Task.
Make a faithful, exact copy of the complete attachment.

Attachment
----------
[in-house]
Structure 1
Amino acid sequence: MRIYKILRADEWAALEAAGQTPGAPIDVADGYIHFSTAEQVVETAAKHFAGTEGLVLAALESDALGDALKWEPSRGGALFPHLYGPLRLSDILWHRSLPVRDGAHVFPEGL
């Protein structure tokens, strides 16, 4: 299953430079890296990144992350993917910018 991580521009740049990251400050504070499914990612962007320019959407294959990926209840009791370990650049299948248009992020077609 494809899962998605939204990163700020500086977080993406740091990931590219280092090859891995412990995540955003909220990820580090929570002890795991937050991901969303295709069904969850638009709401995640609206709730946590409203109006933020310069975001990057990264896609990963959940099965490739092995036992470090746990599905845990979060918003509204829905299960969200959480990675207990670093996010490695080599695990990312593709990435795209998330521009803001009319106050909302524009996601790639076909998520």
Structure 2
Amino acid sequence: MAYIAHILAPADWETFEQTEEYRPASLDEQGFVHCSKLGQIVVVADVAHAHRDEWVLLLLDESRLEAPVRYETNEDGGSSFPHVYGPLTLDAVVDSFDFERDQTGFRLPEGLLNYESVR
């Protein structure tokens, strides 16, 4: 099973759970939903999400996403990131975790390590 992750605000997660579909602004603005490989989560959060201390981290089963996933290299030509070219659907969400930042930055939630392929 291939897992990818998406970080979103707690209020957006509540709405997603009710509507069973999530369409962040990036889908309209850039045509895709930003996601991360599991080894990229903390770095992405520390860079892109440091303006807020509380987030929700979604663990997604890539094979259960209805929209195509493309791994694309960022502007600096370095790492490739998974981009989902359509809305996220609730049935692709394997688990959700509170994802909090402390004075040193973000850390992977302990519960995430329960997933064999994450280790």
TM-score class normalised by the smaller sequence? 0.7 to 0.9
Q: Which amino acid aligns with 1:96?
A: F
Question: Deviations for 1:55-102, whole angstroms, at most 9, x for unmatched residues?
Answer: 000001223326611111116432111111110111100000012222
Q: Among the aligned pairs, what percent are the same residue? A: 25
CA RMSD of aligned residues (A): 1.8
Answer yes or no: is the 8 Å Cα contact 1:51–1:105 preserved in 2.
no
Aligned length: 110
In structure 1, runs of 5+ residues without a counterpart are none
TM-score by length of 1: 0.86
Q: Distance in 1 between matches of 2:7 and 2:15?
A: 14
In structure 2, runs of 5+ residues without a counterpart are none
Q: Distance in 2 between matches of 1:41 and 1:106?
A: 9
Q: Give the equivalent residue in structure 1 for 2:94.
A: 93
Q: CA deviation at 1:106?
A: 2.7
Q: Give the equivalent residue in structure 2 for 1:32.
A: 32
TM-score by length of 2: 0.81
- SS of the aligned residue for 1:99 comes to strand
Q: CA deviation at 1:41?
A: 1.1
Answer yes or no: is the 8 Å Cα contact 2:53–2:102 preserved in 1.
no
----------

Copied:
[in-house]
Structure 1
Amino acid sequence: MRIYKILRADEWAALEAAGQTPGAPIDVADGYIHFSTAEQVVETAAKHFAGTEGLVLAALESDALGDALKWEPSRGGALFPHLYGPLRLSDILWHRSLPVRDGAHVFPEGL
């Protein structure tokens, strides 16, 4: 299953430079890296990144992350993917910018 991580521009740049990251400050504070499914990612962007320019959407294959990926209840009791370990650049299948248009992020077609 494809899962998605939204990163700020500086977080993406740091990931590219280092090859891995412990995540955003909220990820580090929570002890795991937050991901969303295709069904969850638009709401995640609206709730946590409203109006933020310069975001990057990264896609990963959940099965490739092995036992470090746990599905845990979060918003509204829905299960969200959480990675207990670093996010490695080599695990990312593709990435795209998330521009803001009319106050909302524009996601790639076909998520």
Structure 2
Amino acid sequence: MAYIAHILAPADWETFEQTEEYRPASLDEQGFVHCSKLGQIVVVADVAHAHRDEWVLLLLDESRLEAPVRYETNEDGGSSFPHVYGPLTLDAVVDSFDFERDQTGFRLPEGLLNYESVR
């Protein structure tokens, strides 16, 4: 099973759970939903999400996403990131975790390590 992750605000997660579909602004603005490989989560959060201390981290089963996933290299030509070219659907969400930042930055939630392929 291939897992990818998406970080979103707690209020957006509540709405997603009710509507069973999530369409962040990036889908309209850039045509895709930003996601991360599991080894990229903390770095992405520390860079892109440091303006807020509380987030929700979604663990997604890539094979259960209805929209195509493309791994694309960022502007600096370095790492490739998974981009989902359509809305996220609730049935692709394997688990959700509170994802909090402390004075040193973000850390992977302990519960995430329960997933064999994450280790």
TM-score class normalised by the smaller sequence? 0.7 to 0.9
Q: Which amino acid aligns with 1:96?
A: F
Question: Deviations for 1:55-102, whole angstroms, at most 9, x for unmatched residues?
Answer: 000001223326611111116432111111110111100000012222
Q: Among the aligned pairs, what percent are the same residue? A: 25
CA RMSD of aligned residues (A): 1.8
Answer yes or no: is the 8 Å Cα contact 1:51–1:105 preserved in 2.
no
Aligned length: 110
In structure 1, runs of 5+ residues without a counterpart are none
TM-score by length of 1: 0.86
Q: Distance in 1 between matches of 2:7 and 2:15?
A: 14
In structure 2, runs of 5+ residues without a counterpart are none
Q: Distance in 2 between matches of 1:41 and 1:106?
A: 9
Q: Give the equivalent residue in structure 1 for 2:94.
A: 93
Q: CA deviation at 1:106?
A: 2.7
Q: Give the equivalent residue in structure 2 for 1:32.
A: 32
TM-score by length of 2: 0.81
- SS of the aligned residue for 1:99 comes to strand
Q: CA deviation at 1:41?
A: 1.1
Answer yes or no: is the 8 Å Cα contact 2:53–2:102 preserved in 1.
no